Rowan's picture


Observed: 28th April 2010 By: RowanRowan’s reputation in InvertebratesRowan’s reputation in InvertebratesRowan’s reputation in Invertebrates
Species interactions

No interactions present.

Species with which Brown-tail (Euproctis chrysorrhoea) interacts


Norwichnaturalist's picture

Brown or White Tail Moth or Ermine

Wait and see what they turn out to be but my money will be on an ermine moth

Colin Jacobs.
Wild Flower Society member

Vinny's picture

You'll lose that money!

White Ermine caterpillars feed on low growing docks and dandelions, and to the best of my knowledge do not cluster gregariously on webs. Brown Tails do, and are very common on shrubs along the south coast.
Kind Regards

RHoman's picture

Ermine moths

"Ermine" is also used in the name of a group of web spinning micro moths. There was a much publicised incident last year when a car in Rotterdam was well and truely webbed. See for example:


Robert Homan

SueCrozier-Welch's picture


I know very little about catepillars, other than the photograph looks very much like Processionary Caterpillars that have recently arrived from the Continent, 'Pine Processionary Caterpillar Thaumetopoea pityocampa' - hope it isn't these as they are highly dangerous to the pine trees, animals etc.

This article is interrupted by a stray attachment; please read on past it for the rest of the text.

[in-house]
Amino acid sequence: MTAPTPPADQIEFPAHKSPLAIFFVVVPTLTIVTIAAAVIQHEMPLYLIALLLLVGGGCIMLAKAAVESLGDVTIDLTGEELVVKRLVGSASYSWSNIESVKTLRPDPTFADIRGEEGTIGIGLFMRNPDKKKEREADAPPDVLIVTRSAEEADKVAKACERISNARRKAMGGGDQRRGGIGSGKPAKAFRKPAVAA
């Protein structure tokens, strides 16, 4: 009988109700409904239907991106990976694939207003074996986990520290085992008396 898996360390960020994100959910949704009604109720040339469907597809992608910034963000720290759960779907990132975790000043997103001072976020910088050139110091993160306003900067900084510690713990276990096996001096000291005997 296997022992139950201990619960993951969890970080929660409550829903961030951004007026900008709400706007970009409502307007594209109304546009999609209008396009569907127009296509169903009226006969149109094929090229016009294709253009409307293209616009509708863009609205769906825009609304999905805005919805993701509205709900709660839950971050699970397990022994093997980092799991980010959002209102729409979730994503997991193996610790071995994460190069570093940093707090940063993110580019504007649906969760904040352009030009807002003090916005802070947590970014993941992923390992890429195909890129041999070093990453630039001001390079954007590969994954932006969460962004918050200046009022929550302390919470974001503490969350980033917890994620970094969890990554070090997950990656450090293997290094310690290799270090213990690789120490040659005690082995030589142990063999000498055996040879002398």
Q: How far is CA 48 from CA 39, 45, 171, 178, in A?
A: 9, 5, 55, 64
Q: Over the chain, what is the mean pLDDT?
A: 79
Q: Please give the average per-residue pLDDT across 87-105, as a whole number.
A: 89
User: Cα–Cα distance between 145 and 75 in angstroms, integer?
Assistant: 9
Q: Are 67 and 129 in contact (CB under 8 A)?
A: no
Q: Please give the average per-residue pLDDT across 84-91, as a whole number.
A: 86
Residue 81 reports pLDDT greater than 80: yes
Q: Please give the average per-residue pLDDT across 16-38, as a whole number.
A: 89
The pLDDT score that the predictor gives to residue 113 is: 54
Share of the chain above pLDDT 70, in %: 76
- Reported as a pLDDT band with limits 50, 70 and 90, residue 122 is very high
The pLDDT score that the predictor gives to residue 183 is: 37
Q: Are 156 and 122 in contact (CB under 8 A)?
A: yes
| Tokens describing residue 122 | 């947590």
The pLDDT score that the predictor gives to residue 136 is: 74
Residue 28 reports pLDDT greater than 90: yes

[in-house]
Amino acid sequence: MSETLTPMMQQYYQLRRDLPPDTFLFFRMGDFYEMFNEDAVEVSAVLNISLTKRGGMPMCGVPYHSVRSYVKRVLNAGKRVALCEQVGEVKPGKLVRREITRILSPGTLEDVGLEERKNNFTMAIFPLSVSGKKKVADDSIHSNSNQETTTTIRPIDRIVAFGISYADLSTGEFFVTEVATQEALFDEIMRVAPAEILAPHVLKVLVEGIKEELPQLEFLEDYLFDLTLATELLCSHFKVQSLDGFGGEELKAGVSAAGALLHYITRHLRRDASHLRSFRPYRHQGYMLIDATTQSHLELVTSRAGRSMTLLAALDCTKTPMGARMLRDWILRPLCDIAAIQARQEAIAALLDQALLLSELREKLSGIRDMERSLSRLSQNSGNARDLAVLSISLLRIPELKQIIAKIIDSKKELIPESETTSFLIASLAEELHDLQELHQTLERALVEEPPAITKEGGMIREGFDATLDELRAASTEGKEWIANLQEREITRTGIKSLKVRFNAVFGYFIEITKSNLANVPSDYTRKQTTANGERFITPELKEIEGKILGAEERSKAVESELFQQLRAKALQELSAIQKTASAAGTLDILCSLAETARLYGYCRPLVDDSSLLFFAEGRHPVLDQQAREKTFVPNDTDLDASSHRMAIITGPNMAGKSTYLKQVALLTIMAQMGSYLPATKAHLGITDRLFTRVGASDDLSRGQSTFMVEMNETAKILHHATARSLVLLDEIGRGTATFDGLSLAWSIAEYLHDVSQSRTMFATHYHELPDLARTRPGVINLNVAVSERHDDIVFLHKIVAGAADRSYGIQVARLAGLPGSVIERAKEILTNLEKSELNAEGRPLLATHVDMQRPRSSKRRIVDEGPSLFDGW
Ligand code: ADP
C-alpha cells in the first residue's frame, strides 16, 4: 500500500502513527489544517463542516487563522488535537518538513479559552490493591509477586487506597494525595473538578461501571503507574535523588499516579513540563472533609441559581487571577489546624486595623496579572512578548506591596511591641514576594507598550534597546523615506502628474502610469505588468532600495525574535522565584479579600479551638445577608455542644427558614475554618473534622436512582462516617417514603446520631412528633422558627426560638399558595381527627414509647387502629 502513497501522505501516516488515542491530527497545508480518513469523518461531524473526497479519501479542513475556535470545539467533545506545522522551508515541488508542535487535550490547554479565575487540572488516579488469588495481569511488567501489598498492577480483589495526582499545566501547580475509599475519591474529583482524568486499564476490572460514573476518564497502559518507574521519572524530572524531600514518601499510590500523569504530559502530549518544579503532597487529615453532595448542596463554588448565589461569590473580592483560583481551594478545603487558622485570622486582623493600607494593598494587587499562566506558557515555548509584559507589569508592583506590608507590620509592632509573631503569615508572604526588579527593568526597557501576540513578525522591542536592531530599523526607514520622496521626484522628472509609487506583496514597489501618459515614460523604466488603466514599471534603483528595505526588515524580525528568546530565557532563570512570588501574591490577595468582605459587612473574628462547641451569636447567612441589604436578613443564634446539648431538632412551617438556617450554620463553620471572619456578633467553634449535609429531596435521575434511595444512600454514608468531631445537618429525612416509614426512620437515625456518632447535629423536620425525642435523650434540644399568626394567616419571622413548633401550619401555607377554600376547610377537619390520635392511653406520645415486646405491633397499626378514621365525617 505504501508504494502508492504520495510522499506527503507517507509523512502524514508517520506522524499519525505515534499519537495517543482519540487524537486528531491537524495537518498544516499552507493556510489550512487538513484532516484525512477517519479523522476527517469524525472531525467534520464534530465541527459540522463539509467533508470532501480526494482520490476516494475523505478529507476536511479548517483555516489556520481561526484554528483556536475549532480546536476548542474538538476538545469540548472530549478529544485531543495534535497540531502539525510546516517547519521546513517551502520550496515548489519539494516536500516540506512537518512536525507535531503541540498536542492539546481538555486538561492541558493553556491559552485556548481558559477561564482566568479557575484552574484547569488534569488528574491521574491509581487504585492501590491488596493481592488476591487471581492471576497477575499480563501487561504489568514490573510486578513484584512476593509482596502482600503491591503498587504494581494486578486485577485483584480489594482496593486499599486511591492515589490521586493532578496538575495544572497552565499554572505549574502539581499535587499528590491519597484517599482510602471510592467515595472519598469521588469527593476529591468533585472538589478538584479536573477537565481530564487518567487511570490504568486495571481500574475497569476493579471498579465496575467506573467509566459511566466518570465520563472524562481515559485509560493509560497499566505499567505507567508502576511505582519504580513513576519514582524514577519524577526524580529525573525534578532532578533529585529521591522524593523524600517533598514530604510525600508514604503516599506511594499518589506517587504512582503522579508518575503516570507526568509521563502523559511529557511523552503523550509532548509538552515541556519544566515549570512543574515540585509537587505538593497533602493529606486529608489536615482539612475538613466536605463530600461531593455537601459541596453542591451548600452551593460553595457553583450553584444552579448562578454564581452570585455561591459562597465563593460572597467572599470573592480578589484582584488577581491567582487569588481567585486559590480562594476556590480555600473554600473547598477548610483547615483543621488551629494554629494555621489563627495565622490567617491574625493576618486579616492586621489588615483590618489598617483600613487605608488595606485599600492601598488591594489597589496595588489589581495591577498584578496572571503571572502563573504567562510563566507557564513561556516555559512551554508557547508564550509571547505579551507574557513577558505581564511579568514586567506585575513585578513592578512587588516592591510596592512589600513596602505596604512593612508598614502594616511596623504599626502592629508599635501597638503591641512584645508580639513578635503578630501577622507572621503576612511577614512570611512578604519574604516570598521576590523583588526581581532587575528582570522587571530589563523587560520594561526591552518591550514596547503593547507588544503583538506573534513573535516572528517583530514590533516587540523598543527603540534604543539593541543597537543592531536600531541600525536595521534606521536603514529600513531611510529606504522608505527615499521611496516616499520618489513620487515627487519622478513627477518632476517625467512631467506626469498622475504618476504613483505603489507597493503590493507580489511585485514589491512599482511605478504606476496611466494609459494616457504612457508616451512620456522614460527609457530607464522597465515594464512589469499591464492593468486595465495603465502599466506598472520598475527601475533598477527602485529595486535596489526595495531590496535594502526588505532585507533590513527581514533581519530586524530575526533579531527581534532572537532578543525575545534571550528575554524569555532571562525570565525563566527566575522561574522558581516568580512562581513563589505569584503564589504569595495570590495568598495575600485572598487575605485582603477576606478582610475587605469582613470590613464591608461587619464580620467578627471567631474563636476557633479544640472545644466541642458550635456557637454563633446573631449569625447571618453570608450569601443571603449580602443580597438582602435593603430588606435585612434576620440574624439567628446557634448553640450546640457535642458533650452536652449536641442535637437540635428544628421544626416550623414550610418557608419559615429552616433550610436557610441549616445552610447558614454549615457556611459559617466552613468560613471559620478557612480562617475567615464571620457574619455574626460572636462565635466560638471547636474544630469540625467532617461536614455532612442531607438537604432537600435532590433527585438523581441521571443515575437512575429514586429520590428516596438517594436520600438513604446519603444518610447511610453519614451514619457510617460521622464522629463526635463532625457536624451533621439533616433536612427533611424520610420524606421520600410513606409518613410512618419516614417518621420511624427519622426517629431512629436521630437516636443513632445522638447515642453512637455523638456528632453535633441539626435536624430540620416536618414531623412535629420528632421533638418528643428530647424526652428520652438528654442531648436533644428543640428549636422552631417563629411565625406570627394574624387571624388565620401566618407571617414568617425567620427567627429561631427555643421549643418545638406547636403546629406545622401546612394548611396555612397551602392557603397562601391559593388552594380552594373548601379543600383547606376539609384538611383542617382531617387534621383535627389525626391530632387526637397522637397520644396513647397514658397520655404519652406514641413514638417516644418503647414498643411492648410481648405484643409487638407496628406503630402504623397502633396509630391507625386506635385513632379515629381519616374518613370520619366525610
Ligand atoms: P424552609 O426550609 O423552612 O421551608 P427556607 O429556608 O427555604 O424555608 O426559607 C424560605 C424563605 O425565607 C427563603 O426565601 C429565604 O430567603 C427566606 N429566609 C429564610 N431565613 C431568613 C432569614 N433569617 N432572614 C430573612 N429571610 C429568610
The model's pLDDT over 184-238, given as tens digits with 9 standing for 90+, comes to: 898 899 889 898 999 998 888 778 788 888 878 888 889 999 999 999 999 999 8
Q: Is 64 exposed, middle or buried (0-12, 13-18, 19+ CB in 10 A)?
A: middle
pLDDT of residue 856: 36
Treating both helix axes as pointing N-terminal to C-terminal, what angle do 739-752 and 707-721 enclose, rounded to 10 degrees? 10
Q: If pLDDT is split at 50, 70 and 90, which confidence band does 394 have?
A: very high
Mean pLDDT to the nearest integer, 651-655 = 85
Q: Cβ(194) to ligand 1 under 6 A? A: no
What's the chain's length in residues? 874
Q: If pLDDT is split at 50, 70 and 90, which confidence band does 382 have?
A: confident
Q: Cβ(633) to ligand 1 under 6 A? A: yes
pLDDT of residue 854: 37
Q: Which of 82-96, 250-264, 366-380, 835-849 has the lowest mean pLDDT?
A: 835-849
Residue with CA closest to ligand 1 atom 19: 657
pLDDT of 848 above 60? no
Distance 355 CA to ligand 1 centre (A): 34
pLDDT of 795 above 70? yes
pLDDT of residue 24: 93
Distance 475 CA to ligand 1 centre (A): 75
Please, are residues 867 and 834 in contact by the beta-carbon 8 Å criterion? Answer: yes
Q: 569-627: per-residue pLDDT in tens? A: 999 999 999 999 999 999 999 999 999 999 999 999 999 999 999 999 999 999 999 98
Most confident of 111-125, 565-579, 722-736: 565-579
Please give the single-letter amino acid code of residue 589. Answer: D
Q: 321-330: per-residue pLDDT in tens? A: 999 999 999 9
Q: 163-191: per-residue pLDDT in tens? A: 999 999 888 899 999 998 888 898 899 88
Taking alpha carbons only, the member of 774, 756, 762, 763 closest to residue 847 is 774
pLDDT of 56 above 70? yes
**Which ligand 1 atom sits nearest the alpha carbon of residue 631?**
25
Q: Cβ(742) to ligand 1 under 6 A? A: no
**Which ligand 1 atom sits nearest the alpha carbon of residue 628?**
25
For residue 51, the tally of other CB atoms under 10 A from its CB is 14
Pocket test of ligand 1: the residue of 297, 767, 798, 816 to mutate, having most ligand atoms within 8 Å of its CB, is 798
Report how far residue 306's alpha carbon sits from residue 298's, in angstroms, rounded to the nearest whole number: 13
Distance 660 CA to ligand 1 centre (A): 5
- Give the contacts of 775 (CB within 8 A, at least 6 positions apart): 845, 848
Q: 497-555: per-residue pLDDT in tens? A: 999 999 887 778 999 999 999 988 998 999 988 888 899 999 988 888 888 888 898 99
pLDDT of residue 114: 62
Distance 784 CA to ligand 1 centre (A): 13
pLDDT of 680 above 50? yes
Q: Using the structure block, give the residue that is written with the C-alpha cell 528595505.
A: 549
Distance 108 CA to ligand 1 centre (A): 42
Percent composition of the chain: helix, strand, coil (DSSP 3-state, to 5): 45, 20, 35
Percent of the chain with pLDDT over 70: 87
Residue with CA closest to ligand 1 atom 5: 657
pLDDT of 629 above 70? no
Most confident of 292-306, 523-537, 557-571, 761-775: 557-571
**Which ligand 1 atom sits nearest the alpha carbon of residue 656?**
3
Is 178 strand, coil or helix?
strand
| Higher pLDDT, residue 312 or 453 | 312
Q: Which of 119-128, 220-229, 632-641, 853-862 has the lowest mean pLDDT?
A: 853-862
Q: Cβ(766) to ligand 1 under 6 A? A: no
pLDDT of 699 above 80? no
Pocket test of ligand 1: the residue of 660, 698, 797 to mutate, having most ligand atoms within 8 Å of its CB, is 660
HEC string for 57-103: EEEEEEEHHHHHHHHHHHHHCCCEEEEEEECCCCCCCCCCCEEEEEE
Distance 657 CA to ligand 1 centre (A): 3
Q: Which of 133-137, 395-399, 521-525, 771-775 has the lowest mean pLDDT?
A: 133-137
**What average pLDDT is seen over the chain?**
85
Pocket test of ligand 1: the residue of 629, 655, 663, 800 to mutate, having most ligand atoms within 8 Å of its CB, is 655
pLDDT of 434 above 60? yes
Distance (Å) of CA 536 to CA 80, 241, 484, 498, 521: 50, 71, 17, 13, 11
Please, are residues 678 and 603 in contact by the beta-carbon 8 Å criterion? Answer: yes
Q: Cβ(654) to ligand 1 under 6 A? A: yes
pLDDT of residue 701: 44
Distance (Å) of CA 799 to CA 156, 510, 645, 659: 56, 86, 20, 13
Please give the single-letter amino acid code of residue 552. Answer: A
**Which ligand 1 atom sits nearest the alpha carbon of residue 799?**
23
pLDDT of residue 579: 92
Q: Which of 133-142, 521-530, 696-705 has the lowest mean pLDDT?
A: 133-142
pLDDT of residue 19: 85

Vinny's picture

If they were Pine Processionary...

...then wouldn't they'd be feeding on pine trees rather than the deciduous shrub in the photograph?

SueCrozier-Welch's picture

Indeed that is generally the

Indeed that is generally the case, but you do occasionally see them on other types of plant.


hcafc1960's picture

Irritating little beggars!

There are thousands of these on a site I have been working on at Grimsby today and found several on my overalls. I have had some skin irritation and sore eyes since and it seems these are to blame. Some process was carried out on Spurn Point to try to limit their breeding last year as they were causing big problems for the lifeboat staff and families.


rimo's picture

Additionally, the recent

Additionally, the recent arrival is Oak Processionary, Thaumetopoea processionea, which feeds mainly on oak, unsurprisingly. These are clearly Brown-Tail - they're quite distinctive larvae - but they're a nuisance to humans in the same way, by feeding communally and using venom-tipped hairs for protection - the hairs are loosely attached and fall out frequently, coating the webs, and when it gets windy, there's a plume of hairs downwind - this has been a problem when washing lines, for example, have been downwind

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